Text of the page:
I purposely monitored Voice of Korea for their news statement on the De-Nuke talks on the 25 meter band and found it came in great, just as many others have heard it.  This was encouraging. Examining carefully the Data file from the SDR, here is what I pulled from it. I am pleasantly surprised and happy with the results; some stations I had never heard before and the language and music are very exotic.  All of it was a little more than one half hour of recording time (14 June 2018, 1300 UTC). You may have to crank up the volume on the weaker recordings to hear those properly.

Recordings

(Station, Frequency, Language(s), Transmitter site from www.short-wave.info):

Voice of Vietnam, 12020 kHz, English, Hanoi Vietnam (with local UFO noises near me)

Click here to download MP3 audio.

HCJB Beyond Australia-India, 11750 kHz, Nepali, Kununurra OZ

Click here to download MP3 audio.

Veritas, 11850 kHz, Vietnamese, Quezon City Philippines

Click here to download MP3 audio.

VOA, 11695 kHz, Cambodian, Tinang Philippines

Click here to download MP3 audio.

KCBS, 11680 kHz, Korean, Kanggye North Korea

Click here to download MP3 audio.

CRI, 11650 kHz, Esperanto (they get PAID to speak Esperanto!), Beijing China

Click here to download MP3 audio.

Taiwan International, 11640 kHz, Chinese, Kouhu Taiwan (blasting in strongly plus strong echo of broadcast at top of the hour – is a second transmitter signal going around the earth the other way and getting to me??)

Click here to download MP3 audio.

FEBA India, 11580 kHz, Malayalam scheduled but announcer says “Kannada”, Trincomalee Sri Lanka

Click here to download MP3 audio.

Radio Free Asia, 11540 kHz, Tibetan, Tinian Island signoff and transition to Kuwait (very faint)

Click here to download MP3 audio.

BBC, 12065 kHz, English, Kranji Singapore (ETWN not on air to mask this)

Click here to download MP3 audio.

Japan NHK, 11740 kHz, Thai, Kranji Singapore

Click here to download MP3 audio.

CRI, 11910 kHz, Amoy signoff transition directly to English, Beijing China

Click here to download MP3 audio.

FEBC, 12095 kHz, Hmong signoff transition directly to Khmu, Bocaue Philippines

Click here to download MP3 audio.

Radio Free Asia, 12140 kHz, Cambodian signoff transition directly to Burmese, Saipan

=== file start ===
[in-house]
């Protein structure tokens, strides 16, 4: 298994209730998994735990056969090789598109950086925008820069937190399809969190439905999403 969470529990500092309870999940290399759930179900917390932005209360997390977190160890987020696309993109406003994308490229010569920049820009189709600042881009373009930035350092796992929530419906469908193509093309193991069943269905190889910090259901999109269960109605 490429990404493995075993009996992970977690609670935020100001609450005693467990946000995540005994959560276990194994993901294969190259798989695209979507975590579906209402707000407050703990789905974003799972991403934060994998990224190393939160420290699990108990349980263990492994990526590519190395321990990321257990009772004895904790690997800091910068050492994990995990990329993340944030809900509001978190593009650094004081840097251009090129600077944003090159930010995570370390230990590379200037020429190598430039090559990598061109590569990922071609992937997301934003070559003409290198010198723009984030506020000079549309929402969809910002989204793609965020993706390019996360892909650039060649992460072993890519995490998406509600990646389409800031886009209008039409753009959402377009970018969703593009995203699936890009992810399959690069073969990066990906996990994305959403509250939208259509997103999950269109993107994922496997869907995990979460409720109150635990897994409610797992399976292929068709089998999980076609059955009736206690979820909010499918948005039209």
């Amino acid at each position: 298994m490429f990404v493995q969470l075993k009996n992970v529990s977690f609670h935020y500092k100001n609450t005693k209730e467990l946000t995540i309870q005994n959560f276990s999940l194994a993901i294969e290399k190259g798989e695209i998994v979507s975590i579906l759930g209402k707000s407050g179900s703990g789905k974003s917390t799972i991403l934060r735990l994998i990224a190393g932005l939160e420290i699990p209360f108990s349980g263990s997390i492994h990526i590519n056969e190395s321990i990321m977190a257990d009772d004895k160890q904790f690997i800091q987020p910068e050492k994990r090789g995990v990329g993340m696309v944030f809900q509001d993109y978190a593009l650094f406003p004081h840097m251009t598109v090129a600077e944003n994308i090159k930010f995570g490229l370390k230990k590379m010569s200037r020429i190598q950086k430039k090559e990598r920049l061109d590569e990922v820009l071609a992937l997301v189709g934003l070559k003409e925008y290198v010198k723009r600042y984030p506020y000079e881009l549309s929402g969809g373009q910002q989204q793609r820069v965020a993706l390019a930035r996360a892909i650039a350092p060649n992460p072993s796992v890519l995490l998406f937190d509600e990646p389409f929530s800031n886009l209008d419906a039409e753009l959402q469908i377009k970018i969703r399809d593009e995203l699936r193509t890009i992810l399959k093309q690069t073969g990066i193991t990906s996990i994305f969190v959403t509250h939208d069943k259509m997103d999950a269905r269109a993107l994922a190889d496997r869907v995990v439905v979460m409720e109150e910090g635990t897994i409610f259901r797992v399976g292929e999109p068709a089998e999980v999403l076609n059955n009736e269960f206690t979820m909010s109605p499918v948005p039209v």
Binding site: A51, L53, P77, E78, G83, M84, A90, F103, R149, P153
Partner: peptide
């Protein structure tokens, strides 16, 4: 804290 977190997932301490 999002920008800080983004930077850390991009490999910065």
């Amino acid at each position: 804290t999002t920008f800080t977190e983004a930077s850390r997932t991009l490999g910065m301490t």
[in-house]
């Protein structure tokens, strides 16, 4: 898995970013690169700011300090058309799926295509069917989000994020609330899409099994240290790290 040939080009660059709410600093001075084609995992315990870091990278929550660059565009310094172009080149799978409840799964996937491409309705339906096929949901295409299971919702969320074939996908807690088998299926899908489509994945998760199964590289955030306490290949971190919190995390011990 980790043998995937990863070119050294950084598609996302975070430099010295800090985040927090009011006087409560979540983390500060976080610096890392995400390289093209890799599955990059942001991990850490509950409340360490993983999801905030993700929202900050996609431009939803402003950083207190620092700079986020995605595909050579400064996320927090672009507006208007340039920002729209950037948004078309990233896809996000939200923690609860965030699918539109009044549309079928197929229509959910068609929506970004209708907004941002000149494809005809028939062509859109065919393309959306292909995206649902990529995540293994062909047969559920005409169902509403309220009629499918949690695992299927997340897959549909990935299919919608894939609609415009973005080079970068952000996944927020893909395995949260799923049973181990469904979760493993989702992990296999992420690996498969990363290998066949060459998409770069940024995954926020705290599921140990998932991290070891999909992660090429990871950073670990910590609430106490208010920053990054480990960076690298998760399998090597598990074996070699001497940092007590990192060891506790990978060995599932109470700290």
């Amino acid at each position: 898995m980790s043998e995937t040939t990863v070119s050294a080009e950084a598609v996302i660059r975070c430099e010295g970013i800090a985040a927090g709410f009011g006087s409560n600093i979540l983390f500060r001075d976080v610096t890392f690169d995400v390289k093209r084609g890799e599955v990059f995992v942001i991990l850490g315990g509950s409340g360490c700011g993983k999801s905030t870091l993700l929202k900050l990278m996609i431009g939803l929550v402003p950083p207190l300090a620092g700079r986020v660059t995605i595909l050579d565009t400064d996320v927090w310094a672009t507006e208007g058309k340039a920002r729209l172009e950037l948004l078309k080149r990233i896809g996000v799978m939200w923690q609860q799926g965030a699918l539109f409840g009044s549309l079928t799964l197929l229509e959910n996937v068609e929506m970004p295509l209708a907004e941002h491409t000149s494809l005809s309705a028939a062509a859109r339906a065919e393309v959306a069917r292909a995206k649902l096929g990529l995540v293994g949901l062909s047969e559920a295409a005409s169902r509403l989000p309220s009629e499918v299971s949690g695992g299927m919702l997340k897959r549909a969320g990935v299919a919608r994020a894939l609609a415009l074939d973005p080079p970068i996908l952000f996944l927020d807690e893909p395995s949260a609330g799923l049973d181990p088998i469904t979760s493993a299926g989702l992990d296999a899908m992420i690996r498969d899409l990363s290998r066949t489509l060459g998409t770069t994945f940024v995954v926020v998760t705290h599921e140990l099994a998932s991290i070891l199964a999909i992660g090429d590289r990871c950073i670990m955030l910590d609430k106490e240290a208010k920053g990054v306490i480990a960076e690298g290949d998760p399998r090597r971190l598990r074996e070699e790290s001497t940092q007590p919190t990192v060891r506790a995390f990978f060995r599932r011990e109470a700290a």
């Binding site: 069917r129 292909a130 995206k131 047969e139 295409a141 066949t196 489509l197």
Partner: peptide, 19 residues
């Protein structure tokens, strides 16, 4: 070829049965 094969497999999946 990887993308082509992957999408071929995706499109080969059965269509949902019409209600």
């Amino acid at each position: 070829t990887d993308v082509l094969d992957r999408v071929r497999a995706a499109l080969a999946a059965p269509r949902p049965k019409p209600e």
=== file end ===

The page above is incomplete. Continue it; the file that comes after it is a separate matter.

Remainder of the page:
Click here to download MP3 audio.

Extreme Loading

Eighteen feet of whippy rod can sway in the gentlest breeze (consequences of “bigger must be better”).  The described setup has fallen over in as little as a 12 mph sustained wind when fully extended because I had the base in a plastic box.  I want plastic under the magnet(s) in order to get it off easily and put away out of sight!  Now installed is a larger QUAD magnet mount for better stability:

ProComm PCTM54 Quadruple Mag Mount

I am using the flat plastic lid from a 20 gallon tote container under the quad mount and a mover’s tie down strap to the main bar of the quad (I have room for multiple straps if needed). Ten foot fits just fine:

Erickson 34415 Black Retractable Ratchet Straps 2 Pack

A spring is attached to the base as well (strongest one I could find):

Hustler SSM-3 Super Heavy Duty Spring

Finally, the connecting stainless steel shaft at the base is a 5 inch Wilson 305-5 stainless steel shaft.

Because the backpack and quad mount can fit inside the 20 gallon tote container, this setup can be attached to a picnic table in a state park or campsite if I choose.  The Firestik single magnet mount will be recycled as a VHF antenna mount. I can go virtually anywhere now.

Instead of the 20+dB DX Engineering Pre-amp, perhaps one of those “Norton” 10 dB Pre-amps might be optimal (Kiwaelectronics.com broadband-preamp).  And I need to figure out why my Verizon battery pack failed as each Tenergy D cell measured fine.  Oh yeah, I have to buy an extra coupling nut, too……

Happy Listening,

TomL


Thanks so much for sharing this latest iteration of the BackPack Shack 3.0, Tom! It seems to me, as you imply, your current setup could be installed pretty much anywhere. 

I’m sorry to hear about your troubles with MFJ. I’ve only had good experiences with them in the past, but I suspect the specs on the 3/8”-24 thread were simply incorrect or perhaps metric and mislabeled.

Post readers: Read Tom’s past contributions and articles by clicking here

Click here to read Backpack Shack 3.0 – Part 1 and Part 2.

8 thoughts on “Guest Post: Backpack Shack 3.0 – Part 3

  1. DL4NO

    I cannot understand why you guys think bigger is better: On shortwave even one meter of wire collects enough ambient noise that an amplifier with a high-impedance input provides ample output. Not to forget: The noise from that bit of wire is enough to completely drown the amplifier noise. Between such a big antenna and the RSP you need an attenuator, not an amplifier.